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FIELD is a digital art and design studio, co-founded by Marcus Wendt and Vera-Maria Glahn. Working across a range of mediums, including audio-visual installations, web and mobile experiences and other shareable digital artifacts, FIELD deploys a cunning eye for colour and a passion for the new to creative innovative and boundary-pushing work.

Inspired by the patterns found in nature, FIELD uses computational design methods and interactive technology to make poetically allusive pieces which often take on a life of their own. Instantly recognisable and richly illustrative, FIELD’s work has found a home both in cultural institutions and with a wide array of global brands. Recently, the studio has exhibited at la Gaîté Lyrique in Paris, the China Museum for Digital Art in Beijing and the British Library. Alongside this, Marcus and Vera-Maria have produced work for Deutsche Bank, HP, Nokia, GE, AOL and Nike. The prolificacy and originality of the studio was recognised when Co.Design named FIELD among the 50 People Shaping the Future of Design in October last year.

“We tend to pick up a new technique or approach for every project,” Marcus explained in conversation with Alpha-ville. “The main reason for this is that we enjoy the process of exploration a lot, sometimes I find it mandatory to be creative. I really like this state where you are only about 40-60% sure about what you’re doing and the other 60%-40% are discoveries.Of course its possible in theory to stick to one technique and continue to find interesting new looks and approaches, but consciously switching to a new software, method or programming language makes exploration more explicit.”

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Image: 10,000 Digital Paintings.

The unlimited possibilities of generative design coupled with digital print were demonstrated by FIELD when the studio created a run of ten-thousand unique cover artworks for the 2011 edition of paper manufacturers GF Smith’s famed brochures. Each of the pieces comprising 10,000 Digital Paintings were different views of a hypercomplex structure realised through a combination of generative coding and creative intuition. The vivid and exciting results were nominated for the London Design Museum’s Designs of the Year 2012.

Through an exploration of colour, life and infinity, using a technologically sophisticated approach, FIELD seeks to create meaningful but accessible art for an international audience. Perhaps the most intriguing of the studio’s recent projects was the work for Nike’s new Hyperfeel shoes, which took place at the beginning of Autumn 2013. In order to capture the feeling of running on four different surfaces (sand, grass, trail, tarmac), FIELD created a quartet of video artworks expressing the essence of each terrain. Opting for a stripped-down aesthetic, the team at FIELD animated a multitude of running motions by hand, and selected the ones which communicated the experience of running in different locales most efficiently.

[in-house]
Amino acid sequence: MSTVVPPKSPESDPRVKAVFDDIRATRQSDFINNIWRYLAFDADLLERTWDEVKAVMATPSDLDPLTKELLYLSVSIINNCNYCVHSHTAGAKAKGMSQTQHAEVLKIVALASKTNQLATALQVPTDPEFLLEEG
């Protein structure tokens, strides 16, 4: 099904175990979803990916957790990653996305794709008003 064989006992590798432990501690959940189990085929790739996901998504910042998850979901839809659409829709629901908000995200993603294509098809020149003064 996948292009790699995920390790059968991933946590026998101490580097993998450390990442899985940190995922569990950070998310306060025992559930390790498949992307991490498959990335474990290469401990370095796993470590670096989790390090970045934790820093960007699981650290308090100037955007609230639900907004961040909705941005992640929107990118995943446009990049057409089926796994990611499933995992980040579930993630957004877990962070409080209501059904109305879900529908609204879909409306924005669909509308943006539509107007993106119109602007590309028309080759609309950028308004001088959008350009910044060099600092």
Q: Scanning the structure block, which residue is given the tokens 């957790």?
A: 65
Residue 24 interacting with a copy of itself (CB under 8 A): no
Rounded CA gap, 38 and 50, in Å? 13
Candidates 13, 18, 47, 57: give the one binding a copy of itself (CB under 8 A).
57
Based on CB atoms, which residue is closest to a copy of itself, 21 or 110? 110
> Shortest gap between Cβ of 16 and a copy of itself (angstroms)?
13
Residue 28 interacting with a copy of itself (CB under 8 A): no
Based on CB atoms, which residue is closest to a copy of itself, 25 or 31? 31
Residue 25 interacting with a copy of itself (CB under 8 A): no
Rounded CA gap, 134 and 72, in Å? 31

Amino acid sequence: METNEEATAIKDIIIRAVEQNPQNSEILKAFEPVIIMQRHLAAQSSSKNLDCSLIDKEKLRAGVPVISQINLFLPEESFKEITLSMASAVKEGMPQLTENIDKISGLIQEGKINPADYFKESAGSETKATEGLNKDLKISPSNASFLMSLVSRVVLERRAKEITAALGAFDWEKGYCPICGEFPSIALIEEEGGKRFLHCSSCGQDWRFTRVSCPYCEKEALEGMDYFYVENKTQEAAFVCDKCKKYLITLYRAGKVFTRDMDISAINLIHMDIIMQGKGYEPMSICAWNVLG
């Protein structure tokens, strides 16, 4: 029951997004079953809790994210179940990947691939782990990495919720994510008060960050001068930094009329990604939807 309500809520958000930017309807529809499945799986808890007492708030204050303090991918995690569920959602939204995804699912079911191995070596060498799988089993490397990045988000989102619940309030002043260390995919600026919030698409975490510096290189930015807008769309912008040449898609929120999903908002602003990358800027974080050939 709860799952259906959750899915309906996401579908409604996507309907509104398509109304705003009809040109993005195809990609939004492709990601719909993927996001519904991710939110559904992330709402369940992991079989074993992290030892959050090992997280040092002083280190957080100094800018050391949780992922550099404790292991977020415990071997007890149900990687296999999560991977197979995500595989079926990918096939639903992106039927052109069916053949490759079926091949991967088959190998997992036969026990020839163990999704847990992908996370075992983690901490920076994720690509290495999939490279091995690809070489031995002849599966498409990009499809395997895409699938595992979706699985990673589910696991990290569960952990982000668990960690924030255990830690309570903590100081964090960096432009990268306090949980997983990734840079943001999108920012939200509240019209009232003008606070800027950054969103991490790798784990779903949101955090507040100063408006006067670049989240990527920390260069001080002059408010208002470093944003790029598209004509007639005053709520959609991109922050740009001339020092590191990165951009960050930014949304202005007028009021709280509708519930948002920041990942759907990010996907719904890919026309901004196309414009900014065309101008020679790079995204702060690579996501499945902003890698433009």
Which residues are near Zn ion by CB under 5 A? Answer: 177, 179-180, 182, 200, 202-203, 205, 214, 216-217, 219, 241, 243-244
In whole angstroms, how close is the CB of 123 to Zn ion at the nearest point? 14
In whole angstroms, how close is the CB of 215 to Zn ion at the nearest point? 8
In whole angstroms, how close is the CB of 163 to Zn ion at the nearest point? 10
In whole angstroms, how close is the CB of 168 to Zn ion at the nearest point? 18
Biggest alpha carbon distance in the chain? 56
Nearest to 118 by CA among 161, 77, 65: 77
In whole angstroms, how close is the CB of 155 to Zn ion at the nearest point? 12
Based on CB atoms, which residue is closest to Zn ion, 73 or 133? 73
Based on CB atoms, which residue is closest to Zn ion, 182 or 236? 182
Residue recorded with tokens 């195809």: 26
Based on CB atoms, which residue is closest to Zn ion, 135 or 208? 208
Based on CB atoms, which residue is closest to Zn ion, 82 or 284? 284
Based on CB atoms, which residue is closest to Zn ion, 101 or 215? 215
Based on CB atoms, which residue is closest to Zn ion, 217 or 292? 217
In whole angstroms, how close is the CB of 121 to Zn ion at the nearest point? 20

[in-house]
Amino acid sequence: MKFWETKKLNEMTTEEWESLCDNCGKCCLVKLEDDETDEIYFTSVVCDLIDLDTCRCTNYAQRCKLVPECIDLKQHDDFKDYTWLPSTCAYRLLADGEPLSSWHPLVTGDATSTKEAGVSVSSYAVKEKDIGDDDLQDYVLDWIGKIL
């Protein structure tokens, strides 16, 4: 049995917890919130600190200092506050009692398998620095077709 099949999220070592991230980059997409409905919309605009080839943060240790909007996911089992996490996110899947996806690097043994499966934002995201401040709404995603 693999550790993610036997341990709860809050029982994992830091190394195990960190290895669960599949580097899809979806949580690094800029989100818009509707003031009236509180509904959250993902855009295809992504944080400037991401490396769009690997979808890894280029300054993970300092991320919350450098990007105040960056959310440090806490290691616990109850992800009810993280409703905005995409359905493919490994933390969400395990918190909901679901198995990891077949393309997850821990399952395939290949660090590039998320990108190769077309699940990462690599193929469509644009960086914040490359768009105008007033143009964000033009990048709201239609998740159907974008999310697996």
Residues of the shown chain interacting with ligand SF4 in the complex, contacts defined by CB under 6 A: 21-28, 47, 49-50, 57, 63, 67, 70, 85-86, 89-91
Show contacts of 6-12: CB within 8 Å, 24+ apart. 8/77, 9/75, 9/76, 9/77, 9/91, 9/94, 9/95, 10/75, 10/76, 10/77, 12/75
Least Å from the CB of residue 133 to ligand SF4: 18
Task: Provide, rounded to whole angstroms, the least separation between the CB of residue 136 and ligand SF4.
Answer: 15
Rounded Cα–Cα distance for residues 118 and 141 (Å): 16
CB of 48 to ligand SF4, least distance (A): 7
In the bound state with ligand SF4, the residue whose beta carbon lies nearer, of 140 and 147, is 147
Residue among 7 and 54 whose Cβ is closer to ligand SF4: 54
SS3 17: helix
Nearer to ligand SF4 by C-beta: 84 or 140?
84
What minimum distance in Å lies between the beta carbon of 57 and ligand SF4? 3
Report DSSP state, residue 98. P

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Image: Hyperfeel.

Using a generative system, the core characteristics of each running environment were translated into video so that each piece uniquely related to the four terrains. The end result was an eloquent visualisation of the various runs, that captured the frenetic nature of pounding urban pavements and the calm, cyclic motion of running on the beach. Originally designed for Nike’s 1948 boutique in Shoreditch, the videos are now on show at various Nike outlets throughout the world, including shops in Milan and Tokyo.

Reflecting FIELD’s international audience, Marcus explained that he draws inspiration from a number of diverse sources. “London’s excellent fine art gallery and culture scene – especially sculpture, painting (Gerhard Richter!) is a major source of inspiration for FIELD, as is fashion (Gareth Pugh, Damir Doma) and the musical performances of acts such as Nightslugs, James Ferraro at Corsica studios and Ryochi Ikeda at the Barbican.”


Image: Energy Flow, Riots.

FIELD’s work is also deeply informed by the technological tools of its creation. “I’ve been experimenting and working with digital creative tools since I was a teenager. Obviously technology has made huge leaps since then, but I feel that the underlying concepts are only evolving very very slowly. We’re still forced to think like machines to make creative and efficient use of them. Personally, I’m interested in more fluid concepts like live-coding, live-editing that make creating visual art more similar to jamming with electronic instruments. Recently, I’ve found tools like Houdini, Octane, Unity 3D or our own Cinder + V8 JavasScript hybrid FieldKit.cpp are useful because they let you sculpt the outcome, in real time, and in a more immersive, continuous fashion.”

Continuing a run of engagements that have spanned speaking slots at Resonate Festival in Belgrade, and Eyeo Festival in Minneapolis last June, FIELD has put on an exhibition entitled ‘Forays / Optimism’ at Parsons Gallery, Paris, from 28 November to 27 January 2014 and collection of limited editions on Sedition.

We’re excited to announce that Marcus and Vera-Maria will be making room in their busy calendar to speak at the upcoming Alpha-ville EXCHANGE on 17 January.

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